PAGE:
Fostering Shelter Dogs

  • Fostering Shelter Dogs

     Patty updated 1 month ago 2 Members · 3 Posts
  • Patty

    Member
    January 25, 2021 at 7:38 PM

    We have kids living in LA and it seems among their group to be this trend of fostering a dog for a designated time and then sending them back. Sometime they even get a different dog and do it again. I wonder what kind of effect this would have on a dog and what everyone thinks about it.

  • Riggan

    Member
    January 26, 2021 at 6:22 AM

    Patty, There are so many different aspects to your question, and so many different circumstances that could affect the answer. I ran a Service Dog program for several years, and we had volunteer foster families who helped train the dogs. We were using shelter dogs in the program. Transferring owners can be difficult for some dogs and no problem at all for others. German shepherds tend to bond tightly to a single owner and thus find these changes hard to take. Goldens and labs typically love everyone (and especially anyone who feeds them!), and while they might miss their foster family and be overjoyed to see them again, they usually handle the transition easily and quickly bond with their new owner. This is one reason most service dog programs have moved from using shepherds to goldens / labs. But remember there is huge variation in dogs, and many other factors come into play when the transition is made.

    Another aspect is the training and support that the kids receive while they have the dogs. What are they being asked to do with the dog? How long do they typically have the dog? Do they just give it a loving home for a while? Teach it some basic manners and obedience? I would hope that they are being supervised and that the dog is learning skills to make it more adoptable.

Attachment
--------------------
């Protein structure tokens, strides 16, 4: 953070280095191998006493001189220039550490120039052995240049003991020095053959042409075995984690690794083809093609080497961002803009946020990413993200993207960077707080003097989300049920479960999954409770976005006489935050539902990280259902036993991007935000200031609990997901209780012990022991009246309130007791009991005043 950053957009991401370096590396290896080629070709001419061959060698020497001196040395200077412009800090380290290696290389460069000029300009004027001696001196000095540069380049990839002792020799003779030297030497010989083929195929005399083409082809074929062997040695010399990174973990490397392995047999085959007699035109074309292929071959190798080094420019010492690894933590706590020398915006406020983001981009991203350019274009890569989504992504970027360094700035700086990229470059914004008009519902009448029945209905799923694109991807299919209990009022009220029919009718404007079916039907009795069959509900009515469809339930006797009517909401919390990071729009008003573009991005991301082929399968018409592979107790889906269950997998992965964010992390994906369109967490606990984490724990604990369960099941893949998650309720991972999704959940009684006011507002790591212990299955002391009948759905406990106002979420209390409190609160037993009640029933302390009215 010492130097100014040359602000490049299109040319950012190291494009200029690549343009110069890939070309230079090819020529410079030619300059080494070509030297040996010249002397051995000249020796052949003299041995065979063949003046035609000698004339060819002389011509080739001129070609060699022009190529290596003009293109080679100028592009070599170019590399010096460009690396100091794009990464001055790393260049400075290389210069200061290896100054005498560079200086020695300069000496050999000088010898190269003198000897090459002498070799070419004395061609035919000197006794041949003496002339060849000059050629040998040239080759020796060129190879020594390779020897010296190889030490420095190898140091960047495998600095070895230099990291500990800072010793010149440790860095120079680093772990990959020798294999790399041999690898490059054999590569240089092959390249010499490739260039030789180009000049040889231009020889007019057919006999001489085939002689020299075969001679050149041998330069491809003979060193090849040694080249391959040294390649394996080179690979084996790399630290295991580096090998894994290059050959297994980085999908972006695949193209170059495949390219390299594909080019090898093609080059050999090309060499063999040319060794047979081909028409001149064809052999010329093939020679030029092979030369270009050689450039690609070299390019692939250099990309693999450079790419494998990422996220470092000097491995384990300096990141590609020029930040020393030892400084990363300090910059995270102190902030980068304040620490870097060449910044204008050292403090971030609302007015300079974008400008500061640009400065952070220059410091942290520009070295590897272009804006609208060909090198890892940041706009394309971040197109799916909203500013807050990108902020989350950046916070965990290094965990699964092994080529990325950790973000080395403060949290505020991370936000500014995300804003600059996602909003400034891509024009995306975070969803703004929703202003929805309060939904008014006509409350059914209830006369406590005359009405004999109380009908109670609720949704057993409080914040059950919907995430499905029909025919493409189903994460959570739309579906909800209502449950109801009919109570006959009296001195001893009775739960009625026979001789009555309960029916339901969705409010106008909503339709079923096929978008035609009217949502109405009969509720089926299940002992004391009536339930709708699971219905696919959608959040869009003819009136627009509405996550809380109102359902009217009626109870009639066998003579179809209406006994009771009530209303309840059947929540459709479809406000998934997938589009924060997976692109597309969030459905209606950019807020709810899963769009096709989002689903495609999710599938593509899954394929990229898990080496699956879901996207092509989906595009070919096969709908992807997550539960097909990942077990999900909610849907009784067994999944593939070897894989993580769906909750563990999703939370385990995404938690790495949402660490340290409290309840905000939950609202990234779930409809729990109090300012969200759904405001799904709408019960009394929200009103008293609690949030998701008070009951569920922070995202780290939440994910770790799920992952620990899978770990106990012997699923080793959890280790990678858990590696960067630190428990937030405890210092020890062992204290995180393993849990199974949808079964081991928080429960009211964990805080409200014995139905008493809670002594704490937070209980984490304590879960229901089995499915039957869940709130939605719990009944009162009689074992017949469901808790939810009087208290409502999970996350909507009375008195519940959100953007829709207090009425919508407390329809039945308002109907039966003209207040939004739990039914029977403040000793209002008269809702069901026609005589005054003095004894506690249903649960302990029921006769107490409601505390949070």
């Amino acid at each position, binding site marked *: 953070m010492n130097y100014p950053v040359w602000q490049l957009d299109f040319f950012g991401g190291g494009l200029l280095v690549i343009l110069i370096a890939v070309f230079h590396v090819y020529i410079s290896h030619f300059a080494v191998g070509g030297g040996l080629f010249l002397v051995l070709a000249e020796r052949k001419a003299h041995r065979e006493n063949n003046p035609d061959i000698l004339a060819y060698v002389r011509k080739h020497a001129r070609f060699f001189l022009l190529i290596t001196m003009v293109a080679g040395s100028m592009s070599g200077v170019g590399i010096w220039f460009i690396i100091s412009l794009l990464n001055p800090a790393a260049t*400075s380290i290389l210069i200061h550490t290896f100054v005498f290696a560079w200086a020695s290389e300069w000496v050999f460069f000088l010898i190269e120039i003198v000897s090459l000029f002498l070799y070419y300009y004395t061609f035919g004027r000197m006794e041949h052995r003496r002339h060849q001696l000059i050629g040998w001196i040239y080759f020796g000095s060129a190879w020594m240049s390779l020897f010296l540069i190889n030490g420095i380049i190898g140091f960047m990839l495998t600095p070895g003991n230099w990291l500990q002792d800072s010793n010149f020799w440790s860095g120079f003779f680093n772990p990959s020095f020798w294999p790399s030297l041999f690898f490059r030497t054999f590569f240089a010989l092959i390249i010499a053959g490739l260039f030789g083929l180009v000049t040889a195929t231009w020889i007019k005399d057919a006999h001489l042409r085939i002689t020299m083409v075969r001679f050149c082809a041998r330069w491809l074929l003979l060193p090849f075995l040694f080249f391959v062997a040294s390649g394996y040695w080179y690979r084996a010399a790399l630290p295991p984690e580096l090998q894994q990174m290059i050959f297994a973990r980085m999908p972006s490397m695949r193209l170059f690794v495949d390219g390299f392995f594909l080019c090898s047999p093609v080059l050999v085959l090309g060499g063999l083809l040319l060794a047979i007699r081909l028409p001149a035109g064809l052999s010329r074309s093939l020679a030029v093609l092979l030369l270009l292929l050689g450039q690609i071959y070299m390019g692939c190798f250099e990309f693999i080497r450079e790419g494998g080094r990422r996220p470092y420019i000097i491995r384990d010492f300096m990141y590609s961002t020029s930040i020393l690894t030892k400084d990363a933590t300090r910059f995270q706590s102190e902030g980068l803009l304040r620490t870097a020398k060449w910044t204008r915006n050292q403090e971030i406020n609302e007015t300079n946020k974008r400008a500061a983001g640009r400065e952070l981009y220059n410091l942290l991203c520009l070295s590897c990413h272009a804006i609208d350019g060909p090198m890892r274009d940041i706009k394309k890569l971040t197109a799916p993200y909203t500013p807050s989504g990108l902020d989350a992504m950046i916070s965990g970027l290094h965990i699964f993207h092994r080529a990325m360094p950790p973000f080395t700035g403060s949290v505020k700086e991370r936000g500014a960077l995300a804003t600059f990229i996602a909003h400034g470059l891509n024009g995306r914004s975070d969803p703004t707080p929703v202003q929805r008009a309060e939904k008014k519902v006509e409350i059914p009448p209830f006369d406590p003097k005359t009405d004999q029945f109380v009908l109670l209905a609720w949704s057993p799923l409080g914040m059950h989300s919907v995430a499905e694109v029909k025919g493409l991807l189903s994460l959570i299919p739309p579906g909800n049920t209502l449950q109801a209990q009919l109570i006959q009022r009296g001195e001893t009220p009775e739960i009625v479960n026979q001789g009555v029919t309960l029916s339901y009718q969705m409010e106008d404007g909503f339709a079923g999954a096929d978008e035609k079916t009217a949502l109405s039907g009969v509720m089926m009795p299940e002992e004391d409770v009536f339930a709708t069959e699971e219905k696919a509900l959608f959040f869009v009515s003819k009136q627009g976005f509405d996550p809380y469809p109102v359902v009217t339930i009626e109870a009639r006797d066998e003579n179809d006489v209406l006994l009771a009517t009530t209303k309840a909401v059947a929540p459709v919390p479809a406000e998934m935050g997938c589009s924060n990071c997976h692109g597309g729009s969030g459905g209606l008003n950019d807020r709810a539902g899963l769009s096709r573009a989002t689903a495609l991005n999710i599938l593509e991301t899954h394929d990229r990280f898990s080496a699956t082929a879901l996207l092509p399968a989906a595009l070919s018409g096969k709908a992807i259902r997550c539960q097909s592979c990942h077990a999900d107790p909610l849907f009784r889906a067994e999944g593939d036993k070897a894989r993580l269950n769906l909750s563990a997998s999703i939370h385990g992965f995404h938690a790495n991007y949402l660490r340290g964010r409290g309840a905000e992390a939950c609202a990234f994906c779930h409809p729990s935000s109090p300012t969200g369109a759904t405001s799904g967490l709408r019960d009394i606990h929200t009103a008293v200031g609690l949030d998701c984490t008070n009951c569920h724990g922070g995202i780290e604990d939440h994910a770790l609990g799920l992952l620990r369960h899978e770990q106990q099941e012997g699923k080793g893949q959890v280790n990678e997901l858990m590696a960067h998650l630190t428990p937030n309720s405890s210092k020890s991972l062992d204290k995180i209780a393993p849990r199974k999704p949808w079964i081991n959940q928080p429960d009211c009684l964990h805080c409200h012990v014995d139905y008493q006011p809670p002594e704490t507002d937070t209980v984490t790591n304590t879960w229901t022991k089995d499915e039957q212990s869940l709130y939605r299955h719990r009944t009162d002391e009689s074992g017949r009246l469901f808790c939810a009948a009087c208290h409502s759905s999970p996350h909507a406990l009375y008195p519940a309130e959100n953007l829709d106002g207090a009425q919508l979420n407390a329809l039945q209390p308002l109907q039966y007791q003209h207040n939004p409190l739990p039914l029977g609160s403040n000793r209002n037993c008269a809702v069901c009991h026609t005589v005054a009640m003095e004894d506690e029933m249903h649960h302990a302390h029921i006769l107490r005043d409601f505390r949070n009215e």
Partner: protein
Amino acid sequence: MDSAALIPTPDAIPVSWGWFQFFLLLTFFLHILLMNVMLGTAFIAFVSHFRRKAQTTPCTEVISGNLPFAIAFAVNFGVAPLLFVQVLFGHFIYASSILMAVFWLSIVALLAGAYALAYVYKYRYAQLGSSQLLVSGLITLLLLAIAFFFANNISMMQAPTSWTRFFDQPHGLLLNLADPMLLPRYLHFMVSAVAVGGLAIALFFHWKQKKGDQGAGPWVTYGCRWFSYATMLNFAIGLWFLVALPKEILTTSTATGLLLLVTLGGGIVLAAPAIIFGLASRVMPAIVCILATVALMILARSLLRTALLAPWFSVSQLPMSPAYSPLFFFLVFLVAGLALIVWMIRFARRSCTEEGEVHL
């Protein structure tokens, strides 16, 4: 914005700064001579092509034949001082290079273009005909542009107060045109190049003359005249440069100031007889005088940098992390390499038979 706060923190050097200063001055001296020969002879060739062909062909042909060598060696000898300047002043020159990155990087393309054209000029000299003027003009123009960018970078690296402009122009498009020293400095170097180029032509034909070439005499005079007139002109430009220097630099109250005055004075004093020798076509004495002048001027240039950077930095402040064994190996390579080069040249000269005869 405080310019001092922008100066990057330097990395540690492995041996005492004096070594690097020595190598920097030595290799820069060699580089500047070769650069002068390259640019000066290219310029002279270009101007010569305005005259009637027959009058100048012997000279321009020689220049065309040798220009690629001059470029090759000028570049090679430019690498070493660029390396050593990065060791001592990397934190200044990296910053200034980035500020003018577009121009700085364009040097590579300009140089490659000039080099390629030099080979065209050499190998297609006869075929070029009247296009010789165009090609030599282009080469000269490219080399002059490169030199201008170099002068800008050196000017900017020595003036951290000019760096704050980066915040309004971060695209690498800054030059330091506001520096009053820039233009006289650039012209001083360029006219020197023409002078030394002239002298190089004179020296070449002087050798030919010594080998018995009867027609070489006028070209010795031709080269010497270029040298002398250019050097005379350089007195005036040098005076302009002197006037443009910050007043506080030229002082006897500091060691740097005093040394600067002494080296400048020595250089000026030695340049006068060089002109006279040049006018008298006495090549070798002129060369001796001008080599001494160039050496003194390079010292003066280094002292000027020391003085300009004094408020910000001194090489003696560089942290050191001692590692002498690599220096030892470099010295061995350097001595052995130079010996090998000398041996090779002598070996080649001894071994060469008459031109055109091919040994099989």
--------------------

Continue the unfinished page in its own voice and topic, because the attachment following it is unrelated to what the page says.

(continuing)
Finally, what is the alternative for the dog? Living in a temporary home is going to be far less stressful than being in a kennel at a shelter. So sometimes we settle for less than ideal situations in order to avoid what we know will be a bad situation.

    Finally, sometimes dogs choose their owner regardless of who has raised and cared for them. I worked with a prison program that trained service dogs for a while. We were doing initial placement with a seizure alert dog who had been with an inmate 24/7 for almost a year. The man she was to be placed with was coming for his first evaluation with the dog. When he walked in, the dog left her inmate handler and went directly to the man. She never left his side or looked back after that. I’ll never be able to explain it, but she knew at first sight that this was her man and she was responsible for him. He never even had to look at her or speak to her. So sometimes, nothing that has come before matters to the dog.

    This was a long answer to a short question, but I hope it helps!

    Riggan

  • Patty

    Member
    January 31, 2021 at 3:06 PM

    Thank you Riggan for such a great explanation. It was an open-ended question for sure. It was new for me to see this happening so I wondered how it effected the dogs. There sure are a lot of angles and I appreciate you taking the time for each one.

Log in to reply.

Original Post
0 of 0 posts June 2018
Now